Sunday, March 6, 2011

The Car Post

Cool house on Mission Road
Good god it's come to this. But someone out there must have a good answer for me.

As I sit and obsess about the pending bike camping/exploring season, I keep coming back to the Westfalia as the ideal base camping machine. I'm aware of all the other options. I've been trying to push the idea of a Westy out of my mind for 2+ years now. I think I'm about ready to give in.

Today's Sunday bunch
The $10,000 dollar question: is there anyway to get a semi-reliable Westfalia for under $10k? Is it possible? I just need a range of 100 miles that can haul 3 guys and 3 bikes. Would it be stupid insane to find a sub-$4K air cooled Westfalia instead? I so don't want to spend time working on a VW again. Been there. Not into it.

People who know: please advise.


Elissa said...

Buy my non westie.

Not said...

Consider a 2000-2004 Dodge/Chrysler minivan. We recently got a 2004 Chrysler "Town & Country" and I love it for bikes. The rear seats can be configured a variety of ways depending on how many bikes or people you're hauling. Three adults and three bikes should be easy to accommodate.
Of course I'm making some assumptions here, like devaluing sleeping inside the vehicle.
- Ventura

Interstatement said...

The Lazy Rando had a similar thread recently:

Quite a few comments, including my own in there.

Travis N said...

r u KIDDING me? Dodge/Mercedes Sprinter!!!! Customize away interior and make the ultimate gear machine for long or short trips. With a 2 ton dually fully loaded still rely on 35mpg in town or on highway. If you are even thinking of 10k then you better look at a sprinter!

Anonymous said...

Minivan, the people's VW.

Decrepit Windstar with cracked windshield: $350.

Memories: Priceless.

Spend the savings on 12.5 more bicycles.

alex wetmore said...

The westie that you'd want is the synchro 4x4, which is too much money.

Subaru, roof racks, camping out of a tent is pretty great, and a lot less money. My subie is a bit small for 4 people and bikes and camping gear (although we made it happen last year), but yours is not.

rory said...

pop top element, with a toe hitch for a bike rack.

Anonymous said...

What Elissa said, buy hers :-)

I own an '89 Syncro Westy, so if you have specific Vanagon questions, pmail me. I also commented on the Lazy Randonneur.

rory said...

to further what i said, click here

Ward said...

You might think about renting one from this guy.
I have been wanting to talk to him about being involved in the bicycle scene, but haven't done it yet.

Ken Paulman said...

I worked at a repair shop in high school, and I naively scheduled a VW van for an alignment. Best mechanic in the shop flat-out refused to even attempt it. Said, with the fear of God in his eyes, that he'd tried it once, and would quit first before he'd do another one.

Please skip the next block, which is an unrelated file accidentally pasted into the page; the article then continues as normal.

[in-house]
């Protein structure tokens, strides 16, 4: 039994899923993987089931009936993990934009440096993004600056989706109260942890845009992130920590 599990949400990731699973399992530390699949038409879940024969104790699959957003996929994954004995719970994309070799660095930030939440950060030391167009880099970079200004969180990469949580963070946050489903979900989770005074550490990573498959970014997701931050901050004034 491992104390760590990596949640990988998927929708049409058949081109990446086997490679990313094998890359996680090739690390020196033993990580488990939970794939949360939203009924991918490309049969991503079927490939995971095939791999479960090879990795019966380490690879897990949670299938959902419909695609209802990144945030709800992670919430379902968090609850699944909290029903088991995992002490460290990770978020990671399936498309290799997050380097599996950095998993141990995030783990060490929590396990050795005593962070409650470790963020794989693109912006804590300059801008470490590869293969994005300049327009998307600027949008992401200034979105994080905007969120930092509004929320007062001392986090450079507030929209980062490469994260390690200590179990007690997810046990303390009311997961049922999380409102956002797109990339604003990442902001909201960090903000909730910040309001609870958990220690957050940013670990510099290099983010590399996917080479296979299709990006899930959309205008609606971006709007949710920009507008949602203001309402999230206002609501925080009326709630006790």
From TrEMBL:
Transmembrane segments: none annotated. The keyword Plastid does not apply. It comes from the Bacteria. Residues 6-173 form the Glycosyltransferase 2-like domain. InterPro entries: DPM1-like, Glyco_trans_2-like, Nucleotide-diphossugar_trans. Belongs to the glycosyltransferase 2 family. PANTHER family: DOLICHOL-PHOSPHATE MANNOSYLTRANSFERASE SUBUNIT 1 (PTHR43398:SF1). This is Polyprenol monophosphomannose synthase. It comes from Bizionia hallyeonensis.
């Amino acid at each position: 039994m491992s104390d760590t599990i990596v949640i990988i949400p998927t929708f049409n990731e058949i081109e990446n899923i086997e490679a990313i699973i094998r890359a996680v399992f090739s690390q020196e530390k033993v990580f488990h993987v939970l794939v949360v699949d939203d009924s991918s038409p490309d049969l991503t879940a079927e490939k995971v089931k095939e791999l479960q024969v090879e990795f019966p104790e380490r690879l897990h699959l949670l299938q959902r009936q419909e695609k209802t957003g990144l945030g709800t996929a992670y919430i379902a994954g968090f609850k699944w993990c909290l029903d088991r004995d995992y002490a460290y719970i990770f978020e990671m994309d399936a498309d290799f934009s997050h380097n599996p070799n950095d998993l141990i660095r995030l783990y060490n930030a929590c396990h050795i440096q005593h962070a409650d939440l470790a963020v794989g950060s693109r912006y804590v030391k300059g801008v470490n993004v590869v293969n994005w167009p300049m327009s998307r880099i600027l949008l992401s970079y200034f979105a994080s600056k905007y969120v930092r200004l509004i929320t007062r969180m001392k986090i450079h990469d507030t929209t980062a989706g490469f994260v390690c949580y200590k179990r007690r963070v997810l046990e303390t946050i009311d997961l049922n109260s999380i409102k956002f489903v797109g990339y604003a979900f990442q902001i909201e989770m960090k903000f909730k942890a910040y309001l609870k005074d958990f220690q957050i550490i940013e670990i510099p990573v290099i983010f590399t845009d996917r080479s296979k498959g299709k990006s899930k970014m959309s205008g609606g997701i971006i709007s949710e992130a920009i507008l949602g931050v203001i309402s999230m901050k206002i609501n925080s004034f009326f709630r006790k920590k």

I had two mid-80s VWs (a Fox and a Jetta), and both were money pits. I bet, to this day, I could replace the starter on a Fox blindfolded.

As Luke points out on Lazy Rando, VW vans are great for people who enjoy spending a lot of time and money working on VW vans. You *hate* spending time and money on cars.

I think we all have an urgent duty to talk you out of this.

Vik said...

I just looked into it and figured I'd be in for at least $15-20K to get something reliable given that I can't do the wrenching myself and you either have to buy a lower mileage van at higher cost or a high mileage van and spend some $$.

The converted Ford Econolines vans seem like a better deal.

Anonymous said...

I just noticed this at the end of your post: I so don't want to spend time working on a VW again. Been there. Not into it.

Do not buy a Vanagon. As mentioned a Sprinter would better fit your needs, even though it's not 1/100th as cool as a Vanagon :-)

gillsans said...

My only experience with Westphalia vans is I had several friends who loved them until they sold them in disgust.

The '80s Toyota minivans seem to be pretty cool. Friends of my family ran put 300k+ on theirs before they finally sold it. Another friend just bought one and loves it. Not a camper, but still cool. I think they were made in a 4wd, but those are probably as rare as a Syncro.

Andre said...

It's too bad that toyota p/u has a lot of family sentimental value and only 2 seats. It seemed like a perfect trailhead car to me.

A depreciated but recent/reliable vehicle is probably the most economical choice. Anything with an extreme cult following will have inflated prices. Mini vans are not sexy but they seem to meet the needs for volume, fuel economy, and price. The more crushed Cheerios and juice box stains should help drive the price down too, even if you are just about to add your own bike grease and mud stains.